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Judy Crowell: The Road Less Traveled Runs Through Kansas’ Flint Hills

This quiet, subtle land is worth seeing any time of the year, providing a reminder of the purity and simplicity of times gone by

<p>Cattle graze on the land of the Tallgrass Prairie National Preserve in the Flint Hills region of Kansas. Renewed over time by fire and cattle grazing, this 10,894-acre tract of land was established as a national park in 1996.</p>

Cattle graze on the land of the Tallgrass Prairie National Preserve in the Flint Hills region of Kansas. Renewed over time by fire and cattle grazing, this 10,894-acre tract of land was established as a national park in 1996.  (Judy Crowell / Noozhawk photo)

By Judy Crowell, Noozhawk Contributing Writer |

[Click here for a Noozhawk photo gallery of Flint Hills, Kan.]

I’ve driven across Kansas several times, always intent on getting from Point A to Point B, usually with bored children wiggling in the back seat, moaning and groaning, “When are we going to get there?!” There meaning Colorado or back to St. Louis — anywhere but Kansas.

This past spring I took “the road less traveled” and had a very different experience, gaining a much finer appreciation of the beauty of the Sunflower State.

Stretching from Eastern Kansas into Oklahoma rests a unique eco-region, consisting of the densest coverage of intact tallgrass (primarily Big Bluestem and Switchgrass) in North America. Only 4 percent of tallgrass prairie land remains protected in the United States. Most of it is in the Flint Hills region of Kansas.

Shallow seas covered this area about 250 million years ago, leaving behind limestone, shale and plenty of fossils, making farming impractical if not foolhardy. Renewed over time by fire and cattle grazing, this 10,894-acre tract of land was established as a national park in 1996 with the old Spring Hill/Z Bar Ranch serving as headquarters for the Tallgrass Prairie National Preserve (located two miles north of the U.S. 50 and Kansas 177 intersection, just west of Strong City, Kan.).

Here you can hike trails ranging from 13 miles to less than 1 mile and trod over a prairie root system reaching 15 to 25 feet down into the soil. Explore land once sacred to the Osage, Pawnee and Wichita American Indian tribes, grazing land essential to millions of bison and a haven to bears, antelopes and panthers. Still present are more than 400 species of plants, 150 kinds of birds, 39 types of reptiles and amphibians and 31 different mammals.

A cooperative effort of the Nature Conservancy, the Kansas Park Trust and the National Park Service oversees this historic land, mimicking Mother Nature’s eons-old care of the hills by starting extensive controlled fires in early spring, bringing in a gazillion cattle a month or two later, and then leaving the hills to themselves.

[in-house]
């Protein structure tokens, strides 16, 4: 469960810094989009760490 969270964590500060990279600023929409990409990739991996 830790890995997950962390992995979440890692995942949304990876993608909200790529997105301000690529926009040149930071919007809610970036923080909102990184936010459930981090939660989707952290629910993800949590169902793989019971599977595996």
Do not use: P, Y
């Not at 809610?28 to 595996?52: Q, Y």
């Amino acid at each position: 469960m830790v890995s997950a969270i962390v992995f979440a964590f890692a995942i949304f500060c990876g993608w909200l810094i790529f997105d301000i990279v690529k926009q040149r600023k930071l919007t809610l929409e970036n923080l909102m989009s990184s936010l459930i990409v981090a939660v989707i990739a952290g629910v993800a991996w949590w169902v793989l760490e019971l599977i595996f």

The first time I stopped to get out of the car for a photo op, I was overwhelmed by the “nothingness” — the total quiet surrounding me. No distant hum of cars on the highway, no horns honking, no overhead sound of electric wires, no sign of human beings for as far as the eye could see. Utter peacefulness.

If you become so entranced with the solitude of this part of the world and decide to stay overnight, nearby Cottonwood Falls has an Old West-style historic inn, the Grand Central Hotel built in 1884, guaranteed to prolong your step back in time. Small and elegant inside, it is Kansas’ only AAA Four Diamond historic country inn. Expansive rooms, many with a fireplace, have names like Turkey Track and Clover Clip Ranch from which to choose. Located appropriately on Broadway, it’s a stone’s throw from the Chase County Courthouse, the oldest operating courthouse in Kansas.

For optimum viewing of wildflowers, I’d check with the Tallgrass Prairie National Preserve at 620.273.8494 for maximum blooming times. Due to one of the earliest springs on record nationwide, we missed the peak season for wildflowers, but this quiet, subtle, lovely land is worth seeing at any time of the year. As deep as the prairie grass roots, so deep is our frequent longing for the purity and simplicity of times gone by.

Looking out over the sea of grasses, I recalled Robert Frost’s words:

I shall be telling this with a sigh
Somewhere ages and ages hence;
Two roads diverged in a wood, and I_
I took the one less travelled by
And that has made all the difference.

— Judy Crowell is a Noozhawk contributing writer, author, freelance travel writer and part-time Santa Barbara resident. She can be reached at .(JavaScript must be enabled to view this email address). The opinions expressed are her own.


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